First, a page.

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I don't have complicated litmus tests for potential friends. If you're kind, curious, funny, you're in. Pretty simple. However, there is an exception. If you don't like Dolly Parton, if the first thing you say about her is a crack about her figure or plastic surgery, if you don't seem to "get it," then ... we probably won't ever be close. Life is too short to waste time explaining to a skeptic that Dolly Parton is a great artist, a cultural icon, and—in general—a national treasure. In fact, she's an international treasure, as "Seriously Red" clearly indicates. "Seriously Red" is about a huge Dolly Parton fan who wanders, almost by accident, fueled by desperation and a mild drinking problem, into the world of celebrity imitators. Written by Krew Boylan, who also stars as the eponymous Red, "Seriously Red" is ostensibly "about" this, but the film's light-hearted tone and mood are deceptive. The exploration is deep, very deep, so much so that one could easily imagine a much darker and edgier film could have been the result. As it is, "Seriously Red" sneaks up on you. It's not what it seems to be on the surface.
Red is a mess. She lives in the garage behind her mother's house and goes inside every day for meals. She's never snipped the apron strings. She is a serial job-loser. Something always seems to go wrong. She's "quirky," but it's quirkiness with an edge. When she drinks too much, she goes bananas. In fact, this is how she loses her latest job. At a company party, dressed up like Dolly Parton, complete with a blonde wig and a skin-tight orange jumpsuit, she got wasted and lurched around the dance floor, grabbing her male co-workers' crotches. Apparently, this will not fly in a corporate environment, and Red is sent packing. She tries to cheer up by murmuring quotes from Dolly in a mantra, attempting to wiggle into self-worth, dignity, and optimism. How does Dolly do it? Is it a fake it til you make it kind of thing? Or is Dolly's philosophy the real deal? What would it be like to actually BE Dolly? It's not just the fame and fortune part Red finds appealing. Dolly's outlook is the real magic.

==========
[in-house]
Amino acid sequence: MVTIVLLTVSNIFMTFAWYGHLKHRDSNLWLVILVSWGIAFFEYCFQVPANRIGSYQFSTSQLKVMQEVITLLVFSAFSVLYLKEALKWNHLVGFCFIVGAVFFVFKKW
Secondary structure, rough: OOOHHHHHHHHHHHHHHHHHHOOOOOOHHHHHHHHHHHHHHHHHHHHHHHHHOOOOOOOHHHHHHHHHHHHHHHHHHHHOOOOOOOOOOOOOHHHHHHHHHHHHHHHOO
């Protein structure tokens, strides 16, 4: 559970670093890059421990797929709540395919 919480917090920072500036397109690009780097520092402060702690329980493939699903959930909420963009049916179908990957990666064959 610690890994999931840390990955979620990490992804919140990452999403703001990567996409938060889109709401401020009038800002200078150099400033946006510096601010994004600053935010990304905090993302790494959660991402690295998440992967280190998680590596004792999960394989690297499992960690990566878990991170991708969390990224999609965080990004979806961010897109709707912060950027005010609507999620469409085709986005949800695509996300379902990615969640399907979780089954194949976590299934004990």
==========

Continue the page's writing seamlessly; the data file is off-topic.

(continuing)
Down on her luck, Red signs up for an open-mic audition for Dolly impersonators at a local gay club. She's surrounded by drag queen Dollys. She doesn't know what she's doing, and her nerves get the better of her. The gulf between her love of Dolly and her ability to be Dolly, or, rather, be like Dolly, is vast, and she feels the vast abyss in front of the crowd. She finds her sea legs only when she starts bantering with the audience, stringing together Dolly quotes. She comes alive as Dolly, and she catches a whiff of the "real thing." You can see the transformation take place. So can Teeth (Celeste Barber), a woman in the crowd, who also just happens to manage a famous Kenny Rogers imitator. "Kenny" is looking for a "Dolly" to go on tour with him. Maybe this nervous woman with a bright smile will do the trick! (Speaking of Celeste Barber, her delirious Instagram feed helped me get through the 2020 lockdown.)
Red's social life is small. Francis (Thomas Campbell), her best friend from childhood, is still her best friend. He comes over for dinner every day. They bicker like siblings. He supports her in her love of Dolly, and goofs around wearing Dolly wigs. One night, Red hooks up with an Elvis impersonator (Rose Byrne, hilarious). This has repercussions later in the film, particularly when it comes to Red's impulsive decision to get breast implants. The psychological deterioration of the Elvis impersonator throughout the film, from top dog headliner to sulky lush at the bar, watching Red surpass him in success, is one of the jokes embedded in the film. But in general, Red doesn't have a lot going for her. And so being plucked out of her chaotic little life into the celebrity imitator circuit is heady stuff.
Suddenly, overnight, she's in a club in Singapore, tricked out as Dolly, singing "Islands in the Stream" with the famous "Kenny" (Daniel Webber). The crowd goes wild. As she gets more experience, her performance improves. Kenny lives his life as Kenny Rogers 24/7. He won't call Red by her real name. She has to wear her wig at all times. The sex is unbelievable. But maybe it's unbelievable because they're both avoiding being themselves. He wants to go into the fantasy totally. Bobby Cannavale hovers on the sidelines as Wilson, a former Neil Diamond impersonator who runs the club where Red performs. He gives Red a chance and also gives advice when necessary. At one point, Red begs Wilson for something, and Wilson stops her short: "Hey. Dolly don't beg."
Being a "fan" of someone can obviously tip over into obsession, and Red takes it further than most. But she does discover things—courage, humor, philosophy—reserves she never knew she had, by pretending to be Dolly Parton. The transformation is not complete, though. It never will be. Red is a deeply lonely and unhappy woman. There are moments where her Dolly performances feel almost like dissociative episodes. The self dissolves. Maybe there was never much of a self to begin with. Maybe Red will claw some meaning out of life for herself and find her way. Until then, Dolly quotables will have to do.
If you find yourself in times of trouble, asking "What Would Dolly Do?" is a good place to start.
Now playing in theaters.
Krew Boylan as Red
Daniel Webber as Kenny
Celeste Barber as Teeth
Thomas Campbell as Francis
Jean Kittson as Viv
Bobby Cannavale as Wilson / Neil Diamond
Rose Byrne as Elvis
Todd Lasance as Forbes
Wayne Blair as Lionel
Nell Campbell as Doc Nell